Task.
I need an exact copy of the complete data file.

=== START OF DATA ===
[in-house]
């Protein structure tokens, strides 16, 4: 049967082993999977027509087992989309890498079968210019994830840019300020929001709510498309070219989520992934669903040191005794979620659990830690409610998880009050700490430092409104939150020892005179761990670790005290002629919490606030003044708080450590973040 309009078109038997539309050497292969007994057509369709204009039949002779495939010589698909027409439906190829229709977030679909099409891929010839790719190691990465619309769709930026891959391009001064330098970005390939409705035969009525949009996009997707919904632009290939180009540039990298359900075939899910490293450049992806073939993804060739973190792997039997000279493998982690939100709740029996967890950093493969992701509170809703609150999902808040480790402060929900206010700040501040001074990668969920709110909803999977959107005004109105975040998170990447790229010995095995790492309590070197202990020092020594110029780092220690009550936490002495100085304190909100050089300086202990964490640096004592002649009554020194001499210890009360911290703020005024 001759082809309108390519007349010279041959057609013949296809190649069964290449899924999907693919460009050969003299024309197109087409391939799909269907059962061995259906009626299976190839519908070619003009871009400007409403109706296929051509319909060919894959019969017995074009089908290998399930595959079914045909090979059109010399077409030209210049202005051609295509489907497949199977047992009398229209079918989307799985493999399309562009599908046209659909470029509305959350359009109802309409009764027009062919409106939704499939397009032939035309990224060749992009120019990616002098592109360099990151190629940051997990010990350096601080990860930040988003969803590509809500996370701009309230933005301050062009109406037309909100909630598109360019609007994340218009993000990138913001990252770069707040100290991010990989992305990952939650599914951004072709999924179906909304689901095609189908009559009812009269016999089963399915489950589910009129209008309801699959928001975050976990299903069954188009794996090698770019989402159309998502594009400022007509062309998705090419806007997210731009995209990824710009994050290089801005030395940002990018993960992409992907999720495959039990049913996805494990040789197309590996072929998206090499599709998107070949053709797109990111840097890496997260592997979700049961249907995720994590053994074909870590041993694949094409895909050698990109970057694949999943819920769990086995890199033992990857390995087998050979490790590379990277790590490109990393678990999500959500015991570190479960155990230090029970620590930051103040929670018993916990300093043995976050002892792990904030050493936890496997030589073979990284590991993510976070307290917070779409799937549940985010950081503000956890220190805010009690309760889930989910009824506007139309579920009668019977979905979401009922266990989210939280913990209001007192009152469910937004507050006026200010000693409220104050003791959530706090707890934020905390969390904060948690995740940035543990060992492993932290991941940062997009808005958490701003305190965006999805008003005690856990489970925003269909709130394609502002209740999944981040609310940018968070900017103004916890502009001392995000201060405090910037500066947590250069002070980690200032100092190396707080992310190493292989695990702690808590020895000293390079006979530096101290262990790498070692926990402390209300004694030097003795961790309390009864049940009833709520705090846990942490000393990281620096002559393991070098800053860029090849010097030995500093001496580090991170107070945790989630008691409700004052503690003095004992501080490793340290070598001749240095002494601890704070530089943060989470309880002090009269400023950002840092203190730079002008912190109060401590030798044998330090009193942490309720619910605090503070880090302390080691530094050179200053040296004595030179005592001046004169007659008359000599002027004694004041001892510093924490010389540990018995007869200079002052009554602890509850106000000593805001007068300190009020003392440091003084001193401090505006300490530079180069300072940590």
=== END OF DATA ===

[in-house]
């Protein structure tokens, strides 16, 4: 049967082993999977027509087992989309890498079968210019994830840019300020929001709510498309070219989520992934669903040191005794979620659990830690409610998880009050700490430092409104939150020892005179761990670790005290002629919490606030003044708080450590973040 309009078109038997539309050497292969007994057509369709204009039949002779495939010589698909027409439906190829229709977030679909099409891929010839790719190691990465619309769709930026891959391009001064330098970005390939409705035969009525949009996009997707919904632009290939180009540039990298359900075939899910490293450049992806073939993804060739973190792997039997000279493998982690939100709740029996967890950093493969992701509170809703609150999902808040480790402060929900206010700040501040001074990668969920709110909803999977959107005004109105975040998170990447790229010995095995790492309590070197202990020092020594110029780092220690009550936490002495100085304190909100050089300086202990964490640096004592002649009554020194001499210890009360911290703020005024 001759082809309108390519007349010279041959057609013949296809190649069964290449899924999907693919460009050969003299024309197109087409391939799909269907059962061995259906009626299976190839519908070619003009871009400007409403109706296929051509319909060919894959019969017995074009089908290998399930595959079914045909090979059109010399077409030209210049202005051609295509489907497949199977047992009398229209079918989307799985493999399309562009599908046209659909470029509305959350359009109802309409009764027009062919409106939704499939397009032939035309990224060749992009120019990616002098592109360099990151190629940051997990010990350096601080990860930040988003969803590509809500996370701009309230933005301050062009109406037309909100909630598109360019609007994340218009993000990138913001990252770069707040100290991010990989992305990952939650599914951004072709999924179906909304689901095609189908009559009812009269016999089963399915489950589910009129209008309801699959928001975050976990299903069954188009794996090698770019989402159309998502594009400022007509062309998705090419806007997210731009995209990824710009994050290089801005030395940002990018993960992409992907999720495959039990049913996805494990040789197309590996072929998206090499599709998107070949053709797109990111840097890496997260592997979700049961249907995720994590053994074909870590041993694949094409895909050698990109970057694949999943819920769990086995890199033992990857390995087998050979490790590379990277790590490109990393678990999500959500015991570190479960155990230090029970620590930051103040929670018993916990300093043995976050002892792990904030050493936890496997030589073979990284590991993510976070307290917070779409799937549940985010950081503000956890220190805010009690309760889930989910009824506007139309579920009668019977979905979401009922266990989210939280913990209001007192009152469910937004507050006026200010000693409220104050003791959530706090707890934020905390969390904060948690995740940035543990060992492993932290991941940062997009808005958490701003305190965006999805008003005690856990489970925003269909709130394609502002209740999944981040609310940018968070900017103004916890502009001392995000201060405090910037500066947590250069002070980690200032100092190396707080992310190493292989695990702690808590020895000293390079006979530096101290262990790498070692926990402390209300004694030097003795961790309390009864049940009833709520705090846990942490000393990281620096002559393991070098800053860029090849010097030995500093001496580090991170107070945790989630008691409700004052503690003095004992501080490793340290070598001749240095002494601890704070530089943060989470309880002090009269400023950002840092203190730079002008912190109060401590030798044998330090009193942490309720619910605090503070880090302390080691530094050179200053040296004595030179005592001046004169007659008359000599002027004694004041001892510093924490010389540990018995007869200079002052009554602890509850106000000593805001007068300190009020003392440091003084001193401090505006300490530079180069300072940590």